Pastor’s Page -May 2023
Dear St. Paul’s Family, Every month, when the Council meets, we begin with devotions. For…
Brothers and Sisters in Christ,
Holy Week is my favorite week of the church year. The stories, the emotions, the meals, the symbols, and the music all come together for an incredibly meaningful and moving week of worship. Gathered together in community for this most holy time, we celebrate the central stories of our faith.
On Palm Sunday, we wave our palm branches in the air, celebrating Jesus’ triumphant entry into Jerusalem. In some churches, this procession is long and elaborate, sometimes starting from a nearby park, and processing down the sidewalk to the church. Other churches celebrate the procession only within their sanctuary, but may involve children or the entire congregation, other musical instruments, a procession around the whole sanctuary, all while waving our palm branches high in the air. This day is full of high energy and emotions as we celebrate Christ’s presence in God’s holy city, the center of religious life at the time.
And so quickly, the mood changes as we continue into the week. For those that read the daily readings for each day of Holy Week, Monday, Tuesday and Wednesday tell us of Mary anointing Jesus, a worshipful, yet somber act, which leads to questioning by Judas; Jesus speaking about his death, about how he will be lifted high above the earth and draw all people to himself; and Jesus speaking about his betrayal. Where has the celebration gone? How can things turn so quickly? It is sometimes amazing and shocking how quickly the power of sin works on people and transforms love, admiration, and worship, into hatred, fear, and condemnation.
On Maundy Thursday, we gather with Jesus and the disciples around the table at the Last Supper, as Jesus shares one final meal with his disciples, all the while teaching and serving them. We witness Christ’s great love for his disciples and, in turn, all of us, as he gives us a new commandment. Omitted from our readings this night are Jesus’ farewell discourse and prayer for his disciples and world. This night is filled with love, ritual, and service, as we are invited to wash one another’s feet.
On Good Friday, our worship from the night before continues as we hear the story of Jesus’ arrest, trial, crucifixion, death and burial. Often times, this is considered to be one of the saddest nights of the church year, nearly like a funeral for Jesus. But as we read John’s gospel, we hear this is not so! For the Gospel of John, Jesus’ crucifixion is his triumph. It is on the cross that Jesus is enthroned as God and King, as Savior of the world. As Jesus is lifted up, his love, compassion and salvation extend to all people and the whole cosmos. And as we pray the bidding prayer on Good Friday, our prayers reach out just as widely as Jesus reaches on the cross. We pray for the faithful and unfaithful, Christians and people of other faiths, church leaders and those preparing for baptism, world leaders and all of God’s creation.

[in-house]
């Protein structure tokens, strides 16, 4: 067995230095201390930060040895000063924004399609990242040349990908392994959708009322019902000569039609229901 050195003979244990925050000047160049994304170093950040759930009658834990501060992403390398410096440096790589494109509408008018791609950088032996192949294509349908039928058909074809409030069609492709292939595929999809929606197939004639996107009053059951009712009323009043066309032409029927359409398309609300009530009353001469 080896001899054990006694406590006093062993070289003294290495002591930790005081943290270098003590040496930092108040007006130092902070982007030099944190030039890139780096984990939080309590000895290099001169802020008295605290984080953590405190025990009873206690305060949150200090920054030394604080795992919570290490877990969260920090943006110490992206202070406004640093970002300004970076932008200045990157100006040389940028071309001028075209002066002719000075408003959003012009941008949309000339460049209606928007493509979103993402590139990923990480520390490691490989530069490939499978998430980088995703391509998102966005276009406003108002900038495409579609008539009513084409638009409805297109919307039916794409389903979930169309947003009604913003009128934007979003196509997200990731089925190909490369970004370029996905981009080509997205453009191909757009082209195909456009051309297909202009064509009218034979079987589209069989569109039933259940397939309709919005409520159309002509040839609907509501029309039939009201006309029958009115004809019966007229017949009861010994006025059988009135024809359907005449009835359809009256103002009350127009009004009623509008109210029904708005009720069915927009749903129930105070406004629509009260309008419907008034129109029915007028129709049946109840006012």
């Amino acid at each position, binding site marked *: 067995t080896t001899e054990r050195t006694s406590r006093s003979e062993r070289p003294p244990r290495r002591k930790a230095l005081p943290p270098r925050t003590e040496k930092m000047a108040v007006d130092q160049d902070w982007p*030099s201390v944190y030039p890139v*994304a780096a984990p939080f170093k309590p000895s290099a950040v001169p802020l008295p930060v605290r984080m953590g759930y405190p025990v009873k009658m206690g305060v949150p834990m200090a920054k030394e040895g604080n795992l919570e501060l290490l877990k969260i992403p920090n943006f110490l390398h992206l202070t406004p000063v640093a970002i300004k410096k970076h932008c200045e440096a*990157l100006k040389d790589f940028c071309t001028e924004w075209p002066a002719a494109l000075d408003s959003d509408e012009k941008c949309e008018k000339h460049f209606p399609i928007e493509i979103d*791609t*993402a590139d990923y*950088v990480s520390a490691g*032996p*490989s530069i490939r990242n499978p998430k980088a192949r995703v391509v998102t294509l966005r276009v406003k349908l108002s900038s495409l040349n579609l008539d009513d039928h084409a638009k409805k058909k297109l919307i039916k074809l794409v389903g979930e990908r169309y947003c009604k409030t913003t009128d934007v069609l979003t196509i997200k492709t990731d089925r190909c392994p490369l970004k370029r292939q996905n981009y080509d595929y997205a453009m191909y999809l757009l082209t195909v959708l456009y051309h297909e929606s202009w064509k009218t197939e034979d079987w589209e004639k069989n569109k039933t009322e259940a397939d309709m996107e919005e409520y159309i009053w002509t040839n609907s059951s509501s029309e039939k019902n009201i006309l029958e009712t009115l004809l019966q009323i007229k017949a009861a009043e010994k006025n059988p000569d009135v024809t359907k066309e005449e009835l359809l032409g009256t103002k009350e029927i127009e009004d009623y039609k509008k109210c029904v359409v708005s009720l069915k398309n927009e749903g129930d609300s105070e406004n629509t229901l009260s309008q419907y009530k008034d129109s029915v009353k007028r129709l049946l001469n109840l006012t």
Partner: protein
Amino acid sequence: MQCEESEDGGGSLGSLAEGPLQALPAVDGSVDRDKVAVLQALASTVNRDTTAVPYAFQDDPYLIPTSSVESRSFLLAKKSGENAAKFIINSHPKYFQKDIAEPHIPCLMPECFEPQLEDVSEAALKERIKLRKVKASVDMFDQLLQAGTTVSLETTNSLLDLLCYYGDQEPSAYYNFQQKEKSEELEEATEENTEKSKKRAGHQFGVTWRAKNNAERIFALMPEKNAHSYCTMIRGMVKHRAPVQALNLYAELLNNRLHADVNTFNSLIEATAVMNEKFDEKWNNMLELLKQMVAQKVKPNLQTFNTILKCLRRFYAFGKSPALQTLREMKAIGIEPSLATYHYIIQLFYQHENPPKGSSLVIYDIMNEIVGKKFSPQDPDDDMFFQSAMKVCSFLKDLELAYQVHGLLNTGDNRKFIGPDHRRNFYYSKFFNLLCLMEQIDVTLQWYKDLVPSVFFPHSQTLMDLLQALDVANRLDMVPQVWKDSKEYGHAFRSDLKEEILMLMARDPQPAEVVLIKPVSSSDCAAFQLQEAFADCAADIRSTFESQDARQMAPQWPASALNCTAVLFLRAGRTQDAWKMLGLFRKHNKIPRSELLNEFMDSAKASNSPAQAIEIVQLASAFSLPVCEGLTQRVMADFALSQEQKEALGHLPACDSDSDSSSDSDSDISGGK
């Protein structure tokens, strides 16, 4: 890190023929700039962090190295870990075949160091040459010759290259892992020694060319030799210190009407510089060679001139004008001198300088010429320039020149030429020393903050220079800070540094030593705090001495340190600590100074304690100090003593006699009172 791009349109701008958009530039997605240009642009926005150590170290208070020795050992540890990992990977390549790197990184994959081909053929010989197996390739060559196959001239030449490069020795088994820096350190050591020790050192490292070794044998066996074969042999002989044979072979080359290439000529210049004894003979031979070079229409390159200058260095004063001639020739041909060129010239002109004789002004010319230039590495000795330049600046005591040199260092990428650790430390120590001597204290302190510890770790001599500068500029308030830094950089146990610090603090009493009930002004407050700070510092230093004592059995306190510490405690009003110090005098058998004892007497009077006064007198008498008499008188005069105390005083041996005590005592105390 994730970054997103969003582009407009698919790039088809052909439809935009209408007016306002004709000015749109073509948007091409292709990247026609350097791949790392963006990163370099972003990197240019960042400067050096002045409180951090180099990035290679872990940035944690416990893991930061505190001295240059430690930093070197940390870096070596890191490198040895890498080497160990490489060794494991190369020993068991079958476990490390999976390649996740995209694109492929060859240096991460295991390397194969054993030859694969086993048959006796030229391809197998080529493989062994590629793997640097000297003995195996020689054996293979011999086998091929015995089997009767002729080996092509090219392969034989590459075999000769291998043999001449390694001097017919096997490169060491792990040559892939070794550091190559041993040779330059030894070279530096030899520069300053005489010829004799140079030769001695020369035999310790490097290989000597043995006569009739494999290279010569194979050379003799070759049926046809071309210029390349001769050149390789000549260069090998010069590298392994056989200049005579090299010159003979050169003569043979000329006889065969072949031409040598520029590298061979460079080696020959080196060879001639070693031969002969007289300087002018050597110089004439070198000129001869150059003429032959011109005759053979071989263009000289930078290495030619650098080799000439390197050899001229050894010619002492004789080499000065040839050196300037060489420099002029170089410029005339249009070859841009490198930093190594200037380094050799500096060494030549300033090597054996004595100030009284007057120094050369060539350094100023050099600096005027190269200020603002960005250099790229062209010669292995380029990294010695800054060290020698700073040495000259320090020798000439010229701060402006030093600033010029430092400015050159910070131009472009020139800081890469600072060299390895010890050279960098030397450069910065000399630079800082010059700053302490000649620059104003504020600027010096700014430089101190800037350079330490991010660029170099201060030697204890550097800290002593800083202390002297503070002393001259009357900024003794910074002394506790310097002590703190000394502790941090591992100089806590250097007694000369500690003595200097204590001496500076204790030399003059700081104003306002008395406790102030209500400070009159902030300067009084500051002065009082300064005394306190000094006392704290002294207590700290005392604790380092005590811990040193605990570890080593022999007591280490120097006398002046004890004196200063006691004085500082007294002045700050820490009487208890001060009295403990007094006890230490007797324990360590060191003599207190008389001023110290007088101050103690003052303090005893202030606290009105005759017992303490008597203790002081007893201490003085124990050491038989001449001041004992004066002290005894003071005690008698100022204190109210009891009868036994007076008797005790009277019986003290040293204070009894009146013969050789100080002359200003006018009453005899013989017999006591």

The Easter Vigil is my favorite portion of the Holy Week service. On this most holy night, gathered outside the tomb, we share the stories of our faith, the stories that shape our identity as God’s beloved children. From creation, to the Exodus, to deliverance from the fiery furnace, we hear of God’s gift of life for God’s beloved. These stories shape us, these stories mold our faith, and these stories tell us who—and whose—we are. Following these readings, we gather around the font and are sprinkled again with the water that washes over us, cleansing us of our sin, and adopting us into God’s beloved family. We are surprised by Christ’s astounding resurrection, and the first Alleluias of Easter are proclaimed as we prepare to celebrate the Lord’s Supper.
On that bright Easter morning, we gather in celebration once again, giving thanks for God’s amazing promise of eternal life, that just as Christ has been raised from the dead, we too shall be raised to new and everlasting life. Compared to the ritual and sacramental feel of worship the night before, this morning’s worship is lively, with a whirlwind of activity. We gather with friends and family, often dressing nice for the occasion, worship is augmented by special music, and the day is steeped in family and church traditions. We celebrate and give thanks, because Christ is risen! Christ is risen, indeed!
I invite you to join us for these worship services, journeying with me through Holy Week. I encourage you to immerse yourself in the stories, feel the emotions, partake of the sacraments, and make a joyful noise through the hymns and music that we share. Together, we experience the presence and promises of God.
Peace, Rev. Jessica Hahn